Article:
Abba’s The Visitors with Hindsight: The Loveliest Heartbreak
Listening back to Abba’s The Visitors, with the distance of almost 35 years between its release and the present day, a new impression forms about an album that wasn’t especially well-received when it came out. The album is a goldmine of ideas and inspiration for anyone who wants to write songs.
The band was on its last legs when The Visitors was being recorded, held together only by contractual obligation. You can see this from the sleeve, which is the definition of “awkward”, featuring the four then-divorced (literally, from each other) members of Abba, sat with yards of personal space between each other. There’s an orange light to the room, with long shadows suggesting either a sunset or a dying fire. Abba, as Nordic a group as you’re ever likely to find, hardly ever looked jolly or welcoming on their album art, but this pushes coldness to its limit.
Returning to the album after a long while, it’s startling to hear the title track. Minor-chords screech into what sounds like the chime when Super Mario picks up a power-up bonus, and then the vocals, sparse, reverb-free and racked with distortion, come in. The Visitors’ opening track is apparently about the dread of being found by a totalitarian regime, and the song reeks of paranoia, right up to the chorus, “Now I hear them moving / Muffled noises coming through the door / I feel I’m / Crackin’ up.” On the surface, the song is a complete work of fiction, with no relation to the millionaires performing the lyrics — and yet there are powerful metaphors here of a loss of control, invasion of privacy, and a fear of the future.
It’s a bit jarring to go from The Visitors to Head Over Heels, a trad Abba workout with a synth backing that is inspired by tango, but may as well be played on an accordion, and the kind of 4/4 rhythm tale of misguided love that the group made its trademark for many years. It’s not very good. But perhaps it’s thrown into sharper relief by When All is Said and Done, one of the most tear-jerking expressions of vulnerability you will find on any pop album. Letting bygones be bygones has never been done in a more brutally-honest way. Soldiers, which follows, feels like a retread of The Name of the Game, and I Let the Music Speak is an indication of the direction in which Bjorn Ulvaeus and Benny Andersson wanted to go, presaging their book for the musical Chess.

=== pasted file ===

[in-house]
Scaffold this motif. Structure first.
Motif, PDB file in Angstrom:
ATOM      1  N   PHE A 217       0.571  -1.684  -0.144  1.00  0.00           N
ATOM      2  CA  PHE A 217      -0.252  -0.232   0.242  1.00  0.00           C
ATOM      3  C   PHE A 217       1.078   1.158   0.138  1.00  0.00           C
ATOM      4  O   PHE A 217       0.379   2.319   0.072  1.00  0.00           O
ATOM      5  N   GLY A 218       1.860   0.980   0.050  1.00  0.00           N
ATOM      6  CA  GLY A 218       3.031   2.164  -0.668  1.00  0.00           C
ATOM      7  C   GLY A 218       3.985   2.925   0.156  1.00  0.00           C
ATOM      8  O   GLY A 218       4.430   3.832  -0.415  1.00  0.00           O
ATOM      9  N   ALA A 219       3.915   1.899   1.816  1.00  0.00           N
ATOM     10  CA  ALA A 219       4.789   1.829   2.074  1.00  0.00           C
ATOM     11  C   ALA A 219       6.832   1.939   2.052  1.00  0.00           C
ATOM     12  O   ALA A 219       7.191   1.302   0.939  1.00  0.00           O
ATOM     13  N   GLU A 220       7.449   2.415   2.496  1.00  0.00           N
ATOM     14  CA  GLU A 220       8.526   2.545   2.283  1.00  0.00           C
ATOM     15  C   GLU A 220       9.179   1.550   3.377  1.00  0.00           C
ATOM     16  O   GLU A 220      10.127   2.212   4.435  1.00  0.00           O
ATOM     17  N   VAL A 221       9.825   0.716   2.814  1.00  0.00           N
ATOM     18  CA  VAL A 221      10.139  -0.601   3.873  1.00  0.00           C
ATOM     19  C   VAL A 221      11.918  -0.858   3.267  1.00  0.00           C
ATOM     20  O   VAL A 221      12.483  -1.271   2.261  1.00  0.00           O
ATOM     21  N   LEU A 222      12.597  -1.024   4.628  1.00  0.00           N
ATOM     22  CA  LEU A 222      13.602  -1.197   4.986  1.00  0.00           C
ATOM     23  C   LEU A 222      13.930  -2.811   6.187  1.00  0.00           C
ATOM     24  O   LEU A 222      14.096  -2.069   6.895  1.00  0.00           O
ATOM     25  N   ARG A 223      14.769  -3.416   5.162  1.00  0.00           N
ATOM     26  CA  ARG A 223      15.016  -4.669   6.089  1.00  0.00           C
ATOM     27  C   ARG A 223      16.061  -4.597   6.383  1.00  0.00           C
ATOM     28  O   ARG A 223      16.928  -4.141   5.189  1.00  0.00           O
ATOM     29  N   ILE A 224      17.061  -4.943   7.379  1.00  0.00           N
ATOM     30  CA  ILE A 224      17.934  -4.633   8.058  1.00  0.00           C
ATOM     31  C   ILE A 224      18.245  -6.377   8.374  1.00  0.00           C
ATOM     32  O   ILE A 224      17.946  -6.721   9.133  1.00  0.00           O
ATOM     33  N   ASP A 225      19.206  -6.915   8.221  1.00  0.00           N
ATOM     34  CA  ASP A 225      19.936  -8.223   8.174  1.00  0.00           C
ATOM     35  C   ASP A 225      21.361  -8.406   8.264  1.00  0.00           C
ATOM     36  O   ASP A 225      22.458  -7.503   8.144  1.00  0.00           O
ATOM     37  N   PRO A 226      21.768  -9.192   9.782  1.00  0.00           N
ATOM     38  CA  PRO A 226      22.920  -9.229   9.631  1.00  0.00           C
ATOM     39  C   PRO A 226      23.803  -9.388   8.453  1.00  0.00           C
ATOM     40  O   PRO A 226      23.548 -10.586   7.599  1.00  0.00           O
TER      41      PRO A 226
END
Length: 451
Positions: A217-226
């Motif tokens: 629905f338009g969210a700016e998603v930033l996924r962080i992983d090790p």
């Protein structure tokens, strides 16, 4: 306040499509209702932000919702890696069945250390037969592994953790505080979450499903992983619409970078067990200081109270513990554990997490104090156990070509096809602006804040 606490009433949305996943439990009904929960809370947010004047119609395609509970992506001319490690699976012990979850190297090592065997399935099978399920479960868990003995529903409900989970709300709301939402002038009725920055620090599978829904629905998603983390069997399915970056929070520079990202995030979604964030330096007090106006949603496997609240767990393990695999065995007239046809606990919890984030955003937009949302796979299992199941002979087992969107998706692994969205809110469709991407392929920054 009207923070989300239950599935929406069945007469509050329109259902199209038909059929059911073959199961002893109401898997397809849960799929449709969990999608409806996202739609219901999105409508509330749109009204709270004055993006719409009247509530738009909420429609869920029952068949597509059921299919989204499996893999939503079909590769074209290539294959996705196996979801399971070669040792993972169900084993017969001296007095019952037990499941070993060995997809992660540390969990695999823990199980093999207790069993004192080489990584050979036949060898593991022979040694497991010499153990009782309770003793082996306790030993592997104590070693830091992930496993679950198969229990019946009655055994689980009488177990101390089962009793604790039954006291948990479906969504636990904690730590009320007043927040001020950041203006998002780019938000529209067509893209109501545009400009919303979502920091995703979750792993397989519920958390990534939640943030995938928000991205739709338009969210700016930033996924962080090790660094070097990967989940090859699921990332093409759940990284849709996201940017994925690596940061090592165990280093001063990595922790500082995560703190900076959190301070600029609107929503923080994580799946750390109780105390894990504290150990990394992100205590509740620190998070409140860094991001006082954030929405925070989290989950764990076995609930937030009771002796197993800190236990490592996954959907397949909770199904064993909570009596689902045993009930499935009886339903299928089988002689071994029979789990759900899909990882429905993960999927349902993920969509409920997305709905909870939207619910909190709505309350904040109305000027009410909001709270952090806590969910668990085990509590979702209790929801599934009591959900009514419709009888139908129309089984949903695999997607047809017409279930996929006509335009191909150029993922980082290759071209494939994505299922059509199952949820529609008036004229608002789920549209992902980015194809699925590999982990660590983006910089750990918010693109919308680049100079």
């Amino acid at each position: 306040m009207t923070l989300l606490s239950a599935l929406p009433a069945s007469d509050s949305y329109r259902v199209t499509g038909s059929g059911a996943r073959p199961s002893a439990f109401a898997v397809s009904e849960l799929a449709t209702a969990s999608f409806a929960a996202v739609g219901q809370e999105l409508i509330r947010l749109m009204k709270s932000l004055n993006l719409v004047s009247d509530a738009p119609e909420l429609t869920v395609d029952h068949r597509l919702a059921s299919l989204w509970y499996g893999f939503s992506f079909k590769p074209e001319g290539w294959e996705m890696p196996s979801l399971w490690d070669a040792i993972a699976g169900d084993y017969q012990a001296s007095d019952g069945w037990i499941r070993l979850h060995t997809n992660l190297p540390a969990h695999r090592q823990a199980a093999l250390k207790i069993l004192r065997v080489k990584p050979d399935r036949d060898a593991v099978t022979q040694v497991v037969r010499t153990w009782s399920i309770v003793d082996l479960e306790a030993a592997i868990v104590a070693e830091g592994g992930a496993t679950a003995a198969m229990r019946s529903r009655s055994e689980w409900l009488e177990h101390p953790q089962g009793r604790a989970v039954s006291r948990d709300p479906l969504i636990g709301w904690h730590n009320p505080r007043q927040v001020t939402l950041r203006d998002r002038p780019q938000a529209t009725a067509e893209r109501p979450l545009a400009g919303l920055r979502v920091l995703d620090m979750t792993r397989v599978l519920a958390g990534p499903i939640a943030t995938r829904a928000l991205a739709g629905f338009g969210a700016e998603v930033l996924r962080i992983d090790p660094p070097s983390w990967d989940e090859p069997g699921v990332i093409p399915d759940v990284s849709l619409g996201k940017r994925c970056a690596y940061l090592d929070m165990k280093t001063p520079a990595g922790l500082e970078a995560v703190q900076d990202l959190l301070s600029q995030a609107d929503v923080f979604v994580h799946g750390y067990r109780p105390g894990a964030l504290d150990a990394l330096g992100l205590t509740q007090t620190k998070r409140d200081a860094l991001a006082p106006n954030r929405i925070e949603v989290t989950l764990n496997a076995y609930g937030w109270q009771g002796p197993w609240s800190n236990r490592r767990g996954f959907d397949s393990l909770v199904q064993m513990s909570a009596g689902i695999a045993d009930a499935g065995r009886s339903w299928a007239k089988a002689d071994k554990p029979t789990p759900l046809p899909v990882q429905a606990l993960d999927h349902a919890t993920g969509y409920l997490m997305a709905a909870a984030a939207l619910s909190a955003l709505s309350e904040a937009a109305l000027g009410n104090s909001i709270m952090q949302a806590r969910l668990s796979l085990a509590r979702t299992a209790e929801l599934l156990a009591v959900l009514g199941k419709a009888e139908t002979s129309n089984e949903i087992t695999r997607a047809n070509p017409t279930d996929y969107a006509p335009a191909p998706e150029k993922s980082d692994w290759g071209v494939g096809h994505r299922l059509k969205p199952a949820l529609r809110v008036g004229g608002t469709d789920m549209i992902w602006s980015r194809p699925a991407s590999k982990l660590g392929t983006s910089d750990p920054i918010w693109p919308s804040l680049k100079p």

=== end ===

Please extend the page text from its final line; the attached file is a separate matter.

Not for the first time on this intense album, you’re glad to reach another of the peaks — One of Us having been added at the behest of a record label uneasy about the lack of hooks from the tracks they had heard. It’s one of Abba’s merriest melodies, and, coming at a similar time to Blondie’s The Tide is High, catches the trend for reggae rhythms on white pop, but it’s bittersweet, a cry for help, “sorry for herself, feeling stupid, feeling small,” the Rachmaninovian strings bringing support and succour. It’s the sort of pick-me-up track that a band deep in depression and close to outright collapse comes up with.
Two For the Price of One is a sarcastic story-song about planning a menage-a-trois, and has a dubious impact not unlike hearing Maxwell’s Silver Hammer in the middle of Let it Be. Abba knew better than anyone that an album of unremitting angst and tension is no good for anyone, and Slipping Through My Fingers, which acknowledges the advanced age of the group’s members in addressing a daughter growing up, deserves to be reclaimed from the memory of Meryl Streep attempting it in the Mamma Mia film. It’s carefully nuanced, happy the girl is maturing, but bewildered at the pace at which it is happening.
Like an Angel Passing Through My Room is a ghostly lullaby, the rhythm of a ticking clock behind it, lyrics like “sitting near the fireplace, dying embers warm my face,” taking us back to where we began, looking at that sleeve and wondering what the hell these four strangers were doing in the same room, but mentally elsewhere. We should be glad Abba recorded this album, though. For once, the remastered editions of an album enhance it rather than take away from its impact, adding The Day Before You Came, which, a little like a Henning Mankell police procedural novel, takes the listener through an ostensibly boring day, until “you” came. Who “you” is has been debated endlessly. Some believe it is about the finality of divorce papers being served, others believe it is about a murder. The minimal synths and the wailing backing vocals keep the grey clouds low over this track, which was Abba’s final single, a year after The Visitors.
Amazingly, when you hear The Day Before You Came with the benefit of hindsight, Abba intended to continue, even laying down I Am the City and Under Attack, added here after their initial appearance on the back end of More Abba Gold. We ought to be satisfied with The Visitors as a closing coda in Abba’s career as a band, though. As One of Us and When All is Said and Done indicate, they had nothing more to give, and left a work of melancholy and catharsis, but also of unimpeachable quality.